Fachbereich Veterinärmedizin



    Phenotypic Alterations in Type II Alveolar Epithelial Cells in CD4+ T Cell Mediated Lung Inflammation (2007)

    Zeitschriftenartikel / wissenschaftlicher Beitrag
    Gereke, Marcus
    Gröbe, Lothar
    Prettin, Silvia
    Kasper, Michael
    Deppenmeier, Stefanie
    Gruber, Achim D
    Enelow, Richard I
    Buer, Jan
    Bruder, Dunja
    Respiratory Research; 8(Art. 47) — S. 13 S.
    ISSN: 1465-993x
    Pubmed: 17610738
    Institut für Tierpathologie

    Robert-von-Ostertag-Str. 15
    Gebäude 12
    14163 Berlin
    +49 30 838 62450

    Abstract / Zusammenfassung

    Although the contribution of alveolar type II epithelial cell (AEC II) activities in various aspects of respiratory immune regulation has become increasingly appreciated, our understanding of the contribution of AEC II transcriptosome in immunopathologic lung injury remains poorly understood. We have previously established a mouse model for chronic T cell-mediated pulmonary inflammation in which influenza hemagglutinin (HA) is expressed as a transgene in AEC II, in mice expressing a transgenic T cell receptor specific for a class II-restricted epitope of HA. Pulmonary inflammation in these mice occurs as a result of CD4+ T cell recognition of alveolar antigen. This model was utilized to assess the profile of inflammatory mediators expressed by alveolar epithelial target cells triggered by antigen-specific recognition in CD4+ T cell-mediated lung inflammation.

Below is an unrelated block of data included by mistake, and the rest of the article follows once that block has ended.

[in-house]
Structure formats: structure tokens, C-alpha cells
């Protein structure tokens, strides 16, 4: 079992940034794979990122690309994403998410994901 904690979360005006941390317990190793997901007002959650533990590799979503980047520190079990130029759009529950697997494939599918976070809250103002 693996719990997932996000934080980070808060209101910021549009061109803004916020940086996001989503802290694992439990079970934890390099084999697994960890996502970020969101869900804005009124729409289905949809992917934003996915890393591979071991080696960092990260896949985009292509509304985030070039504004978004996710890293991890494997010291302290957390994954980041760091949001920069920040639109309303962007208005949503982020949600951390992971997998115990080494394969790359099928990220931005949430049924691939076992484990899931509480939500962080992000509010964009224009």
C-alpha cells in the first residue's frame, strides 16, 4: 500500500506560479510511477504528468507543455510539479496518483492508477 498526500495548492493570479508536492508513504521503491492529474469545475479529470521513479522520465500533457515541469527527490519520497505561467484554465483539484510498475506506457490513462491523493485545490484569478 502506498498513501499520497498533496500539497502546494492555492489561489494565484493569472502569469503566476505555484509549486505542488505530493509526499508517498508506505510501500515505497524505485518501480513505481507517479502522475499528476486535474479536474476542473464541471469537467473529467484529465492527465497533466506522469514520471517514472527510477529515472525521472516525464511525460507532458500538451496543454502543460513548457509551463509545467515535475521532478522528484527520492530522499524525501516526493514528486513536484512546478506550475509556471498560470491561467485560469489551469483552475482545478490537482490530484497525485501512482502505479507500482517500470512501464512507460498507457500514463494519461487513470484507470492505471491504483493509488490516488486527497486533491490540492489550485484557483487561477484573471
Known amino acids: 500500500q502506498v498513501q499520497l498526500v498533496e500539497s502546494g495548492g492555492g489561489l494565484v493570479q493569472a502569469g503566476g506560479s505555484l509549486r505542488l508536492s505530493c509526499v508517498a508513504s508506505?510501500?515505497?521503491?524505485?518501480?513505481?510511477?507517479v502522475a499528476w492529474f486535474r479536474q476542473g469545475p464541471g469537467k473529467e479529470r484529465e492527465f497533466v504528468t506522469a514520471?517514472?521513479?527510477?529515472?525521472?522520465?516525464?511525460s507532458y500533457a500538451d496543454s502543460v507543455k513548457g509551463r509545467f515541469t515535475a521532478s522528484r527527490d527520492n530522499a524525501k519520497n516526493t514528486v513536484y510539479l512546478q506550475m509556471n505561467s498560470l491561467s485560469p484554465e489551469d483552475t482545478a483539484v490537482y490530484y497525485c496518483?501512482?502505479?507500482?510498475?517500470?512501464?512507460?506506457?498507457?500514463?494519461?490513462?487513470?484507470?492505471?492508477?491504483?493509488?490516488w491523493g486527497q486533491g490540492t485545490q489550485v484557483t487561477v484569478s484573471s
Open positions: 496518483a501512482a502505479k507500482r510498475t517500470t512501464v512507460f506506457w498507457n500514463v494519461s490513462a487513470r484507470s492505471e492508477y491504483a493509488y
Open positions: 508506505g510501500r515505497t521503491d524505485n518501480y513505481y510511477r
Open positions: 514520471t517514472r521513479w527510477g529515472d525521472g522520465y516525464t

We established a method that allows the flow cytometric negative selection and isolation of primary AEC II of high viability and purity. Genome wide transcriptional profiling was performed on mRNA isolated from AEC II isolated from healthy mice and from mice with acute and chronic CD4+ T cell-mediated pulmonary inflammation.

    T cell-mediated inflammation was associated with expression of a broad array of cytokine and chemokine genes by AEC II cell, indicating a potential contribution of epithelial-derived chemoattractants to the inflammatory cell parenchymal infiltration. Morphologically, there was an increase in the size of activated epithelial cells, and on the molecular level, comparative transcriptome analyses of AEC II from inflamed versus normal lungs provide a detailed characterization of the specific inflammatory genes expressed in AEC II induced in the context of CD4+ T cell-mediated pneumonitis.

    An important contribution of AEC II gene expression to the orchestration and regulation of interstitial pneumonitis is suggested by the panoply of inflammatory genes expressed by this cell population, and this may provide insight into the molecular pathogenesis of pulmonary inflammatory states. CD4+ T cell recognition of antigen presented by AEC II cells appears to be a potent trigger for activation of the alveolar cell inflammatory transcriptosome.